Blind Review: AVO Classic Maduro (2020)
Notable first for his legendary skill as a jazz pianist and composer, Avo Uvezian was also known for AVO Cigars, his personal cigar brand. It was 1987 when he crossed paths with Davidoff’s Hendrik Kelner and started the conversation that would culminate in the creation of AVO Cigars. One of the first blends, AVO Classic, utilized an Ecuadorian Connecticut wrapper. In 2000, Avo produced a Maduro version of the same blend using Connecticut broadleaf, but the blend was discontinued in 2015.
Fast forward to 2020: AVO and Davidoff rereleased the classic Maduro.
- Cigar Reviewed: AVO Classic Maduro (2020 Release)
- Wrapper: American – Connecticut Broadleaf
- Binder: Dominican Republic
- Filler: Dominican Republic
- Size: Toro (6″ x 50)
Appearance & Construction
Off the bat, the Connecticut Broadleaf wrapper feels super smooth. Two minor veins run down the side, which doesn’t take away from the smoking experience. The cigar is packed proportionally and feels sturdy from head to foot.
Flavor and Smoke Characteristics
There is a captivating vanilla scent coming off the wrapper. As my nose travel down to the foot, there is a pleasant fragrance of sweet and sour plum and white pepper. To my surprise, the cold draw is very similar to the scent from the foot; sour plum and cranberries with a hint of white pepper on the tip of my tongue. At this point, I want to chew on the cigar.
As I toast the foot, the smell of a fruitful incense emerges from the smoke and instantly transports me back to the time where I was visiting a Buddhist temple in China.
Unfortunately, the smoking experience isn’t as delightful.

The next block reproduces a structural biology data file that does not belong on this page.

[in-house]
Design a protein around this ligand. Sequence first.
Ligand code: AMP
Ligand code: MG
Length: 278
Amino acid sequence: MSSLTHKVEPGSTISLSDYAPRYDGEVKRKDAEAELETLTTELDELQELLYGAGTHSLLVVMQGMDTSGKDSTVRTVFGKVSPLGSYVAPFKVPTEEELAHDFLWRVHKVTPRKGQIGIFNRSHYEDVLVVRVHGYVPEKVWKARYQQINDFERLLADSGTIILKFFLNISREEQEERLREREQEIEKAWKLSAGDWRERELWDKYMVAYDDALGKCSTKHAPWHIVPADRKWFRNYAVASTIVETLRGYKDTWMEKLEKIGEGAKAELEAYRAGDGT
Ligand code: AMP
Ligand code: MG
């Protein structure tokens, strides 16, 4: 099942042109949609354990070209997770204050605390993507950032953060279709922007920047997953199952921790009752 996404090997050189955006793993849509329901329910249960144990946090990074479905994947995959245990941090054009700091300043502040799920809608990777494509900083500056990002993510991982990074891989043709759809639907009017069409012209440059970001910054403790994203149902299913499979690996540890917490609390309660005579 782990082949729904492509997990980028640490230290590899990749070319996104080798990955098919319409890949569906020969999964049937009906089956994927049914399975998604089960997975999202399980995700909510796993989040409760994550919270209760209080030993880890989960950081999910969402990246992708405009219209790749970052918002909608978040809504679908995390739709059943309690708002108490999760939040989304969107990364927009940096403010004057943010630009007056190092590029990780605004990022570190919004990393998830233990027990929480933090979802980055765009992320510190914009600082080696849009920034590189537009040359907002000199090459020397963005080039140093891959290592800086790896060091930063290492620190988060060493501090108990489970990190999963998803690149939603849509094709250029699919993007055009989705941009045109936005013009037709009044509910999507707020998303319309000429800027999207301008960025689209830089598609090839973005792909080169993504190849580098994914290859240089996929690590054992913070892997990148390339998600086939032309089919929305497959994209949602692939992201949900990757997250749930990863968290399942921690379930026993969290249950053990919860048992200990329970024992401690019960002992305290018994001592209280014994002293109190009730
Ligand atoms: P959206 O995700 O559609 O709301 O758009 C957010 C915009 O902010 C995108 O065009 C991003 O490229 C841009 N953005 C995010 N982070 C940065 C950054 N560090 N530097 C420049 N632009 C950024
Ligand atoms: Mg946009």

While drawing on the first puff, the aftertaste of the smoke is distinctly sour, like someone is squirting a bottle of lime juice into my mouth. After fighting through some of the acidity, I’m able to identify dark cocoa and leather. On retrohale, white pepper spice and leather dominate my nostrils, accompanied by more citrus.
Just when I am about to give up on this cigar, the sourness transforms into a fruity sweetness. I can’t help but compare the cigar to Sour Patch Kids. The construction is impeccable and the ash holds sturdy while the ember approaches the second third. The flavors shift to sweet dark cocoa and black pepper spice. The tart and fruity notes are almost non-existent at this point.
The one experience I take away from the AVO Classic Maduro is to never get too comfortable. During the final third, the sourness from the first third reemerges, though not as intense as before. Thankfully, these flavors are embraced by the taste of sweet cocoa, dark leather, and a hint of spice. I take my last puff and bid farewell to what I will later discover is the AVO Classic Maduro.
Receiving the Avo Classic Maduro 2020 release on a blind review throws out any preconceived expectations, which is important. Overall, this was a good smoke. However, the intense sourness from the first third threw off my palate, which negatively affected the rest of my smoking experience.